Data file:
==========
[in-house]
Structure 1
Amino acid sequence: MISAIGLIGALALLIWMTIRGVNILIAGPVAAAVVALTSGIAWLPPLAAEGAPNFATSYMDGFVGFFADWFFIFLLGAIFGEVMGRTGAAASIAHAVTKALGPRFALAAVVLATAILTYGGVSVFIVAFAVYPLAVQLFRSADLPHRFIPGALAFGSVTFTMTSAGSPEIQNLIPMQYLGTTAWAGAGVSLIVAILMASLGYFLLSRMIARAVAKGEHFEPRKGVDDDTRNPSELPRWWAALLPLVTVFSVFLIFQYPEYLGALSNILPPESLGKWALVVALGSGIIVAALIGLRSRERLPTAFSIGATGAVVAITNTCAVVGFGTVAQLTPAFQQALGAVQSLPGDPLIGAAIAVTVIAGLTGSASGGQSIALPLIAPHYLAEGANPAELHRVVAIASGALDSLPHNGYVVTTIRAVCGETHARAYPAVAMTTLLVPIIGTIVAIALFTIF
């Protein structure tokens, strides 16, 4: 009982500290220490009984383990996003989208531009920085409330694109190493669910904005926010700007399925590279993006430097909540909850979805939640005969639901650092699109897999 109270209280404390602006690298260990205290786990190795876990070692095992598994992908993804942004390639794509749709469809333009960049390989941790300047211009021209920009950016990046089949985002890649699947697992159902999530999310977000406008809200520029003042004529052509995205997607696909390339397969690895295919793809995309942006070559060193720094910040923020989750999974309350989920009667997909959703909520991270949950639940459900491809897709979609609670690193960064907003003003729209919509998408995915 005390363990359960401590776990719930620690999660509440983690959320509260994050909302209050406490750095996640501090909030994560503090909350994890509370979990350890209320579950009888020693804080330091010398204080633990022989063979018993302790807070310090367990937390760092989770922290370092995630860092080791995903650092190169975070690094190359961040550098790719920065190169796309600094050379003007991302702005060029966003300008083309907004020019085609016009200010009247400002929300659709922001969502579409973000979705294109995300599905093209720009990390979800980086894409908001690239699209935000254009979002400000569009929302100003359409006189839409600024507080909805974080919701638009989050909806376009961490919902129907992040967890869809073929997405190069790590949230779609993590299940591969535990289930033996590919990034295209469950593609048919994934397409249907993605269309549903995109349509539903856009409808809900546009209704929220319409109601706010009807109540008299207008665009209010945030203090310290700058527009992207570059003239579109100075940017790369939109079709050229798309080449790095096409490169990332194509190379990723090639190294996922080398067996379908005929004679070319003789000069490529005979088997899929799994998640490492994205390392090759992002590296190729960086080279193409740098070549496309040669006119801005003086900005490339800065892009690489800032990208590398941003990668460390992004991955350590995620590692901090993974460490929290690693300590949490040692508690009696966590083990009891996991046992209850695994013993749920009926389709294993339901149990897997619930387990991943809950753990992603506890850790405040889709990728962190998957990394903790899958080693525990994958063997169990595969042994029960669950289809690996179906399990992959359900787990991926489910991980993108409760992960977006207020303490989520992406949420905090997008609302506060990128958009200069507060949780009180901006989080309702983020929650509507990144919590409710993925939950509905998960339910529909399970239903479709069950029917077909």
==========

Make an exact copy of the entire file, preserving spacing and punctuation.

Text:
[in-house]
Structure 1
Amino acid sequence: MISAIGLIGALALLIWMTIRGVNILIAGPVAAAVVALTSGIAWLPPLAAEGAPNFATSYMDGFVGFFADWFFIFLLGAIFGEVMGRTGAAASIAHAVTKALGPRFALAAVVLATAILTYGGVSVFIVAFAVYPLAVQLFRSADLPHRFIPGALAFGSVTFTMTSAGSPEIQNLIPMQYLGTTAWAGAGVSLIVAILMASLGYFLLSRMIARAVAKGEHFEPRKGVDDDTRNPSELPRWWAALLPLVTVFSVFLIFQYPEYLGALSNILPPESLGKWALVVALGSGIIVAALIGLRSRERLPTAFSIGATGAVVAITNTCAVVGFGTVAQLTPAFQQALGAVQSLPGDPLIGAAIAVTVIAGLTGSASGGQSIALPLIAPHYLAEGANPAELHRVVAIASGALDSLPHNGYVVTTIRAVCGETHARAYPAVAMTTLLVPIIGTIVAIALFTIF
């Protein structure tokens, strides 16, 4: 009982500290220490009984383990996003989208531009920085409330694109190493669910904005926010700007399925590279993006430097909540909850979805939640005969639901650092699109897999 109270209280404390602006690298260990205290786990190795876990070692095992598994992908993804942004390639794509749709469809333009960049390989941790300047211009021209920009950016990046089949985002890649699947697992159902999530999310977000406008809200520029003042004529052509995205997607696909390339397969690895295919793809995309942006070559060193720094910040923020989750999974309350989920009667997909959703909520991270949950639940459900491809897709979609609670690193960064907003003003729209919509998408995915 005390363990359960401590776990719930620690999660509440983690959320509260994050909302209050406490750095996640501090909030994560503090909350994890509370979990350890209320579950009888020693804080330091010398204080633990022989063979018993302790807070310090367990937390760092989770922290370092995630860092080791995903650092190169975070690094190359961040550098790719920065190169796309600094050379003007991302702005060029966003300008083309907004020019085609016009200010009247400002929300659709922001969502579409973000979705294109995300599905093209720009990390979800980086894409908001690239699209935000254009979002400000569009929302100003359409006189839409600024507080909805974080919701638009989050909806376009961490919902129907992040967890869809073929997405190069790590949230779609993590299940591969535990289930033996590919990034295209469950593609048919994934397409249907993605269309549903995109349509539903856009409808809900546009209704929220319409109601706010009807109540008299207008665009209010945030203090310290700058527009992207570059003239579109100075940017790369939109079709050229798309080449790095096409490169990332194509190379990723090639190294996922080398067996379908005929004679070319003789000069490529005979088997899929799994998640490492994205390392090759992002590296190729960086080279193409740098070549496309040669006119801005003086900005490339800065892009690489800032990208590398941003990668460390992004991955350590995620590692901090993974460490929290690693300590949490040692508690009696966590083990009891996991046992209850695994013993749920009926389709294993339901149990897997619930387990991943809950753990992603506890850790405040889709990728962190998957990394903790899958080693525990994958063997169990595969042994029960669950289809690996179906399990992959359900787990991926489910991980993108409760992960977006207020303490989520992406949420905090997008609302506060990128958009200069507060949780009180901006989080309702983020929650509507990144919590409710993925939950509905998960339910529909399970239903479709069950029917077909």